And yes, Burnham apparent tendency to switch sides, on everything from NHS privatisation to the 2015 welfare vote to the leadership of Jeremy Corbyn, has given him a reputation for slipperiness. But Sadiq’s core campaign pledge was to freeze London transport fares; everyone said it was nonsense, and true to form it was, and you’d be hard pressed to find an observer who thought this an atypical lapse on the mayor’s part. (Khan, too, has switched sides on the matter of Jeremy Corbyn.)

 And yet, he seems to get away with this, in a way that Burnham doesn’t. His low-level duplicity is factored in, and it’s hard to judge him for it because, well, it’s just what he’s like, isn’t it? For a long time, the Tory leadership’s line on London’s last mayor was “Boris is Boris”, meaning, look, we don’t trust him either, but what you gonna do? Well: Sadiq is Sadiq.

Even the names we refer to them by suggest that one of these two guys is viewed very differently from the other. I’ve instinctively slipped into referring to the mayor of London by his first name: he’s always Sadiq, not Khan, just as his predecessors were Boris and Ken. But, despite Eoin Clarke’s brief attempt to promote his 2015 leadership campaign with a twitter feed called “Labour Andy”, Burnham is still Burnham: formal, not familiar. 

I’ve a few theories to explain all this, though I’ve no idea which is correct. For a while I’ve assumed it’s about sincerity. When Sadiq Khan mentions his dad’s bus for the 257th time in a day, he does it with a wink to the audience, making a crack about the fact he won’t stop going on about it. That way, the message gets through to the punters at home who are only half listening, but the bored lobby hacks who’ve heard this routine two dozen times before feel they’re in the joke.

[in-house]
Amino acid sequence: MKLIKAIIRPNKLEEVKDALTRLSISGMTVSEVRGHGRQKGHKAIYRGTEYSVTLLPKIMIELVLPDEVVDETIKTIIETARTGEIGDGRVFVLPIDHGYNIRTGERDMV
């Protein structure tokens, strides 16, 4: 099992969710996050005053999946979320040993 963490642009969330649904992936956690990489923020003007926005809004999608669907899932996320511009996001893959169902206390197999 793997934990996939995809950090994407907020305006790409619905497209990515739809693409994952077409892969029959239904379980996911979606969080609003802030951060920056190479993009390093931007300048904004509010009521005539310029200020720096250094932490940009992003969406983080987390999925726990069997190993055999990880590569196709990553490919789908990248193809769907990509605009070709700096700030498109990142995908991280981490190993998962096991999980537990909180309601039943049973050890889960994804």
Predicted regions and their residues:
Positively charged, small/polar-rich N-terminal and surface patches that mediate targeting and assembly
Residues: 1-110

Burnham, it seems to me, lacks this lightness of touch: when he won’t stop banging on about the fact he grew up in the north, it feels uncomfortably like he means it. And to take yourself seriously in politics is sometimes to invite others to make jokes at your expense.

Then again, perhaps the problem is that Burnham isn’t quite sincere enough. Sadiq Khan genuinely is the son of a bus-driving immigrant: he may keep going on about it, but it is at least true. Burnham’s “just a northern lad” narrative is true, too, but excludes some crucial facts: that he went to Cambridge, and was working in Parliament aged 24. Perhaps that shouldn’t change how we interpret his story; but I fear, nonetheless, it does.

Maybe that’s not it, though: maybe I’m just another London media snob. Because Burnham did grow up at the disadvantaged end of the country, a region where, for too many people, chasing opportunities means leaving. The idea London is a city where the son of a bus driver can become mayor flatters our metropolitan self-image; the idea that a northerner who wants to build a career in politics has to head south at the earliest opportunity does the opposite. 

So if we roll our eyes when Burnham talks about the north, perhaps that reflects badly on us, not him: the opposite of northern chippiness is southern snobbery.

There’s one last possibility for why we may rate Sadiq Khan more highly than Andy Burnham: Sadiq Khan won. We can titter a little at the jokes and the fibs but he is, nonetheless, mayor of London. Andy Burnham is just the bloke who lost two Labour leadership campaigns.

At least – for now. In six weeks time, he’s highly likely to the first mayor of Greater Manchester. Slipperiness is not the worst quality in a mayor; and so much of the job will be about banging the drum for the city, and the region, that Burnham’s tendency to wear his northernness on his sleeve will be a positive boon.

Sadiq Khan’s stature has grown because the fact he became London’s mayor seems to say something, about the kind of city London is and the kind we want it to be. Perhaps, after May, Andy Burnham can do the same for the north – and the north can do the same for Andy Burnham.

Jonn Elledge edits the New Statesman's sister site CityMetric, and writes for the NS about subjects including politics, history and Daniel Hannan. You can find him on Twitter or Facebook.